Multumiri pentru un link primit , Scuze pentru o postare cam lunga

Am gasit din nou in ‘Panoul de Control’ la tag-uri, lasat trei zile la rind un link, despre care am mai pomenit odata, dup acea postarea mea a acelui link care ducea spre celebrul taablou chinezesc;
Si redau acum link-ul careduce la intregul ansamblu, multumind inca o data;
http://www.npm.gov.tw/

Si pentru ca nu am timp, desi nu obisnuiesc decit f rar sa reproduc doar poezii si melodii in alta limba, acum sper sa fiu inteleasa si iertata, daca, s-a nimerit sa citesc pe net o ‘povestire’ petrecuta in China anului 2008 si pe care, neavind scanner-ul si nici OmniPage-ul pe calc pe care scriu cu mine, o copiez fragmentat de pe net;

The Last Visitor
by
Daniel A. Bell – May 20, 2009

BEIJING IS an international city, but my neighborhood isn’t. I live in the far northwest part of the city, outside the fifth ring road, and in three years here I’ve seen a grand total of two other foreigners. I moved to this corner with my Chinese family because the air is better and there’s more of a community feel to the place. My walks through the nearby migrant worker districts serve as a reminder that China’s economic miracle has yet to extend to the bulk of the population.Last week, my eighty-one-year-old father-in-law suffered a stroke. He had been in good health, but I could tell something went wrong when he suddenly seemed to lose his balance and his speech became slurred. I pulled him over to a chair and my wife called an ambulance. He was rushed to the nearby military hospital. A veteran of three wars—my father-in-law joined the communists at fifteen in the anti-Japanese struggle—he has taken the whole thing in stride, remains optimistic, and is gradually regaining his abilities. In my view, he is one of the few true communists left in China: meaning that his outlook is genuinely other-regarding. Relatives and friends visit him at the hospital and they want to know how he’s doing, but he seems more concerned about how they are doing. I go to visit him every day at the military hospital, a short walk from our home.
(…)
Alone with the young soldier—with three stars on his collar—and his companion (…)
Our conversation turned to academic matters. He told me he had specialized in international relations at university but had also studied philosophy. I’d normally ask which university he had attended, but it didn’t seem appropriate for me to ask personal questions in that setting. So I asked which philosophers interested him. He said he particularly liked Sartre and existentialism. I was a bit surprised, because while existentialism was popular in the 1980s in China when the former certainties of the Cultural Revolution had been toppled, few philosophers seemed to be interested in Sartre anymore (at least in my department). He told me Sartre had visited China in the 1950s. I thought to myself that his visit didn’t have the lasting impact of earlier visits by luminaries such as Dewey, Russell, and Tagore.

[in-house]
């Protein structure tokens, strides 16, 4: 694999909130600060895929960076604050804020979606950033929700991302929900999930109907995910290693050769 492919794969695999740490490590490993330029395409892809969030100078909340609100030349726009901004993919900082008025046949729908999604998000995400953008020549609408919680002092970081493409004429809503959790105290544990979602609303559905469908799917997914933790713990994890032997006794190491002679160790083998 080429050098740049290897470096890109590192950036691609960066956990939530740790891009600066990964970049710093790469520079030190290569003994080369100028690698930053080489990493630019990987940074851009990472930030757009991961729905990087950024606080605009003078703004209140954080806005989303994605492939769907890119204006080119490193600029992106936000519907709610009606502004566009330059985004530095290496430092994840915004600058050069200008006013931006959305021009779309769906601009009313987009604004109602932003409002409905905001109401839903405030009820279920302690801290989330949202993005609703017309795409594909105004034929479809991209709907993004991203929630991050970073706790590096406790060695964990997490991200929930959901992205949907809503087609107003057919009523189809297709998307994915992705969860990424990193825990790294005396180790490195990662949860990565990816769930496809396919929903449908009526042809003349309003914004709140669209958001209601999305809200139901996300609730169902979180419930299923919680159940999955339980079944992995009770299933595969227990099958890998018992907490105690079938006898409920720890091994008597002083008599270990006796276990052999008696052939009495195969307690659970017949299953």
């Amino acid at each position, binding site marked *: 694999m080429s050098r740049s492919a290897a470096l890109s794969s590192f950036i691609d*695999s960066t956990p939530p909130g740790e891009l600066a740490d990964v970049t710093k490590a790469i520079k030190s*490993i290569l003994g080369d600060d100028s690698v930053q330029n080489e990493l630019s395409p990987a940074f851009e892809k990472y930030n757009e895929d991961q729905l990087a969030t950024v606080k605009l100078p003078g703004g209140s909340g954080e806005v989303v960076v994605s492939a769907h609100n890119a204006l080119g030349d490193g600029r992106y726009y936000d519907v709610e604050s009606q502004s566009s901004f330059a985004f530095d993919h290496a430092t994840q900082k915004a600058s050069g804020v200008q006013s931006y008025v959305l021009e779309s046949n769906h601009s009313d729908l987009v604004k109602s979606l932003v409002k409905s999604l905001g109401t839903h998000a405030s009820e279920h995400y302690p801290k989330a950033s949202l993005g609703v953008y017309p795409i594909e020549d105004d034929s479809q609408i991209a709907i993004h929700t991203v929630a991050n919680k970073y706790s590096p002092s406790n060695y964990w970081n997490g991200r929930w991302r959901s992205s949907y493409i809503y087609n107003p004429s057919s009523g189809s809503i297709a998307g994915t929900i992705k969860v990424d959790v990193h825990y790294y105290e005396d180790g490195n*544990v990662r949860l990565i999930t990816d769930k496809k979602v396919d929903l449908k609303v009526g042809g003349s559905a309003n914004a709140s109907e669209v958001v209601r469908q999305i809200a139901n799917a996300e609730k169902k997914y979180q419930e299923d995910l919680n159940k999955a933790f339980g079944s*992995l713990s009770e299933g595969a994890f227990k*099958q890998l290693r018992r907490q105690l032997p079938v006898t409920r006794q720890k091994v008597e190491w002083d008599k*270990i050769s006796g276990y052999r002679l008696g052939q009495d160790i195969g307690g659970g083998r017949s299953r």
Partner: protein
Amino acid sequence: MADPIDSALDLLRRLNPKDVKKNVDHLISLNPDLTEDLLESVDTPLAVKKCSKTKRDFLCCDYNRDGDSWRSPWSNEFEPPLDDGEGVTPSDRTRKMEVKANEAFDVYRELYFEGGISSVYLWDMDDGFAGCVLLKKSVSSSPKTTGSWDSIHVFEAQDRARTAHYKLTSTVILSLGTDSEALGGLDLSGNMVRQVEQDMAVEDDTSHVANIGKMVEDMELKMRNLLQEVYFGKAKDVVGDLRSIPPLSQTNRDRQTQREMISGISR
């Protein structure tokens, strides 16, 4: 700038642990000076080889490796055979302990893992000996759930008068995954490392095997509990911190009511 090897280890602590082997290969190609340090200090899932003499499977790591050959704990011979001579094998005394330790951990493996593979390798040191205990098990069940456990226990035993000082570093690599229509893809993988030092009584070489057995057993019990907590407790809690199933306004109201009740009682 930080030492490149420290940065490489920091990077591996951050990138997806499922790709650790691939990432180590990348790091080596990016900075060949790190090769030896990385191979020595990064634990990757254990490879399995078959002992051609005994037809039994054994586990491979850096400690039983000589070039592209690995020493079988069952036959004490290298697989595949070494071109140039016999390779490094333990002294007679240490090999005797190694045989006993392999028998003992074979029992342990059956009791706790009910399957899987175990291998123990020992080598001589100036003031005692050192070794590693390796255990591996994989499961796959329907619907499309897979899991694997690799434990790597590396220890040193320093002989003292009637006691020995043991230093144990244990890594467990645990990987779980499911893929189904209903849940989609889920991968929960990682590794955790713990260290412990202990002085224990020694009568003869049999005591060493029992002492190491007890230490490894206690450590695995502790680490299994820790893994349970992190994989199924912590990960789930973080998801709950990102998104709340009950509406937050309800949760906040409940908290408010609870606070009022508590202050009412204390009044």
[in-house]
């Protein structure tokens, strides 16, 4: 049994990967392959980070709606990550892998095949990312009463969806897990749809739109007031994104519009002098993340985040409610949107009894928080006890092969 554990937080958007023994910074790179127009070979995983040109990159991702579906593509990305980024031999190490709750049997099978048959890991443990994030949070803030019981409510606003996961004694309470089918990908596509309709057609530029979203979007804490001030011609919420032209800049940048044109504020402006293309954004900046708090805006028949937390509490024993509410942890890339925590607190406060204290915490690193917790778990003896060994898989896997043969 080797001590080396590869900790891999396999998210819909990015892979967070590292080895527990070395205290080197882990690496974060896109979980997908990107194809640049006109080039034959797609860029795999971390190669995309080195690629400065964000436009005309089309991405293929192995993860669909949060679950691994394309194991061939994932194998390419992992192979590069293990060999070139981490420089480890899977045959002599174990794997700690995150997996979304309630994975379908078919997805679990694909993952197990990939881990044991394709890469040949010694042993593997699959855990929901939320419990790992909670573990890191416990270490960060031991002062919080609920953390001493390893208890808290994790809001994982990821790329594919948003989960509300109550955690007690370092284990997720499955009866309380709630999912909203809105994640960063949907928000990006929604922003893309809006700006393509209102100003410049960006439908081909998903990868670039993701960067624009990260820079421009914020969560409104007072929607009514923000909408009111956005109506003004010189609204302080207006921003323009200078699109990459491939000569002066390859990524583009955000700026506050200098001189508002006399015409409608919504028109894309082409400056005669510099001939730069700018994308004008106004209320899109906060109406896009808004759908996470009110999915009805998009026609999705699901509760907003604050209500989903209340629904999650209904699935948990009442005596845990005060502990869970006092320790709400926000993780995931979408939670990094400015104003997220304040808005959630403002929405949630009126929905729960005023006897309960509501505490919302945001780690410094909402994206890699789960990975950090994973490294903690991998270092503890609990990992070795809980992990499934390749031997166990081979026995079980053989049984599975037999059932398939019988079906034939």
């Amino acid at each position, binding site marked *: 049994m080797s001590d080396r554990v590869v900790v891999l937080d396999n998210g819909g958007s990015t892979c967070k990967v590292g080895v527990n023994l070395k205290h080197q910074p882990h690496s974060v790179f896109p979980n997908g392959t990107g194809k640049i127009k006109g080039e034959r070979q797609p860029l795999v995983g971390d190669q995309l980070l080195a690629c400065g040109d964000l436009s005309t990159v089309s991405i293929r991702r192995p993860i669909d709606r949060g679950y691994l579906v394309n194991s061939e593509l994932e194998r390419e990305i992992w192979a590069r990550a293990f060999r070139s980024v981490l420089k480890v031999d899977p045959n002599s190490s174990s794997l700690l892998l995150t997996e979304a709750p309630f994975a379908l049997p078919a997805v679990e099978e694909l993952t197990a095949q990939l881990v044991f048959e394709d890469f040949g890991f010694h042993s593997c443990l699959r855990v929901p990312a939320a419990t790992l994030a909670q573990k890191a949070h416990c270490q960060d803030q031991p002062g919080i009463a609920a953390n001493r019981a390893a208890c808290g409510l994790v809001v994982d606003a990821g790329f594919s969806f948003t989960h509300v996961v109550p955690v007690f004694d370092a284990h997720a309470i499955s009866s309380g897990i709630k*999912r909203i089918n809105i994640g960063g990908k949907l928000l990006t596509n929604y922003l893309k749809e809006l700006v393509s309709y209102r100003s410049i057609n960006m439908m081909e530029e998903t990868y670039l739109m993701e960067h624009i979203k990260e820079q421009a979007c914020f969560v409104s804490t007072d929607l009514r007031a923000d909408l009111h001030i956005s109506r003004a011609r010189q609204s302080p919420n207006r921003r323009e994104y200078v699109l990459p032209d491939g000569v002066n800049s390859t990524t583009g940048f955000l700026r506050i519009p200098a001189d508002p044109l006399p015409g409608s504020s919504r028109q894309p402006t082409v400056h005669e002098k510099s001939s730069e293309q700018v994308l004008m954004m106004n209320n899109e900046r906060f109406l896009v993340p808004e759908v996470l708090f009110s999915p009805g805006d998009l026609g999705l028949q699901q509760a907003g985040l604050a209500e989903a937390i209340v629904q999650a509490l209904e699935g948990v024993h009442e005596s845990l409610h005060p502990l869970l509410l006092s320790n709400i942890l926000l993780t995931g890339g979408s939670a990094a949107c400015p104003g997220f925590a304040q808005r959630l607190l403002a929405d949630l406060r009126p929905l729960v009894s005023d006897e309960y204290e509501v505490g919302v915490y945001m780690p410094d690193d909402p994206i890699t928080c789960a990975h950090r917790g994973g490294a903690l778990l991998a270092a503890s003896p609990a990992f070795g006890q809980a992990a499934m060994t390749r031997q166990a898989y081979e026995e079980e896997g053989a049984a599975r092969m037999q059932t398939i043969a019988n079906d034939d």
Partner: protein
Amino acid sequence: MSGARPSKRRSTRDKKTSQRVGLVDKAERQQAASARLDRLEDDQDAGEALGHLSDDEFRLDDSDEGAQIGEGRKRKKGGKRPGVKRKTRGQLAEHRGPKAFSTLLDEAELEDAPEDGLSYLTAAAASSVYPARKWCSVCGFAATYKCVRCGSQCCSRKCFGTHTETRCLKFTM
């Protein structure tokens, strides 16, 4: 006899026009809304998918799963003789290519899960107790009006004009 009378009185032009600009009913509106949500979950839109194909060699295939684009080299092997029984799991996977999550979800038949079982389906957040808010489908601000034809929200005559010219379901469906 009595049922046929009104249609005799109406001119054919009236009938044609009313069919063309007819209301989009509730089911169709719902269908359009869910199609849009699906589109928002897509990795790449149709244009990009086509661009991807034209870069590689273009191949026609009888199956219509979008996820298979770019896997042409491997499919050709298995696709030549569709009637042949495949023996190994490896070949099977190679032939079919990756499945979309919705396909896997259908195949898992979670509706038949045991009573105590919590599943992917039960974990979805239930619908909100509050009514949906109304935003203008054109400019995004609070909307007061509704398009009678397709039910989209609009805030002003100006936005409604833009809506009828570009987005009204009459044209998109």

(…)
I was impressed by his knowledge of different traditions, and wondered if a Chinese academic who had stumbled upon a secret military site in the U.S. might have this kind of conversation with an American officer.Then the young soldier said that there are limits to just war. In the modern era, national interest comes first and may sometimes conflict with the imperatives of justice. I wanted to reply that national interest might include ethical considerations, but we were interrupted by a phone call. One of my colleagues had been sent in a taxi by Tsinghua’s international office to pick me up, but he was stuck in traffic and the driver didn’t know the way. The young soldier provided some landmarks without specifying an address. I knew we’d be “stuck” for a while, given the horrible Beijing traffic on Friday nights. I asked if I could phone my kid to let him know I wouldn’t be able to accompany him to his piano class. This time I spoke in English, not having to worry so much about what the soldiers might think.
(…)
We arrived at the military hospital and I was dropped off two hours late. I went to see my father-in-law and told him about my adventure. I was afraid he might be a bit upset, but the grizzled old revolutionary just had a good laugh.

–––––––-

Aici seara te imbie sa iesi la plimbare pe strazile si podurile largi si curate;
Eventualele raspunsuri le dau in liniste, la intoarcere
SEARA PLACUTA!
🙂

Anunțuri

10 răspunsuri la „Multumiri pentru un link primit , Scuze pentru o postare cam lunga

  1. Cata placere in ragazurile in care ne permitem dubii filozofice, academice sau simple tachinari ale sufletului cu mintea! 🙂 Si ce pacat ca sunt atat de rare…
    O seara minunata sa ai, AnaMaria! 🙂

  2. @Andi :
    🙂 🙂
    eu le iau pe toate lasate de tine [ce hrapareata sunt, dar am nevoie, crede-ma!]

    si cum eu nu stiu sa zimbesc si nici nu pot, o vor face treptat unle diafane
    (treptat, pt ca m-au cam inghesuit pb urite)

    nice days! 🙂

  3. Buna ziua, Anamaria!
    Iti trimit cate putin din tot ce poate face ziua fericita- o zbatere de frunza, un colt de cer, o frantura de raza, un gand bun, un vers” M-am regasit/ ce dor mi-era de mine,/ Copilul visator de altadata”!( Sonet, Alexandru Vlahuta).
    Si multa, multa sanatate!

Lasă un răspuns

Completează mai jos detaliile tale sau dă clic pe un icon pentru a te autentifica:

Logo WordPress.com

Comentezi folosind contul tău WordPress.com. Dezautentificare / Schimbă )

Poză Twitter

Comentezi folosind contul tău Twitter. Dezautentificare / Schimbă )

Fotografie Facebook

Comentezi folosind contul tău Facebook. Dezautentificare / Schimbă )

Fotografie Google+

Comentezi folosind contul tău Google+. Dezautentificare / Schimbă )

Conectare la %s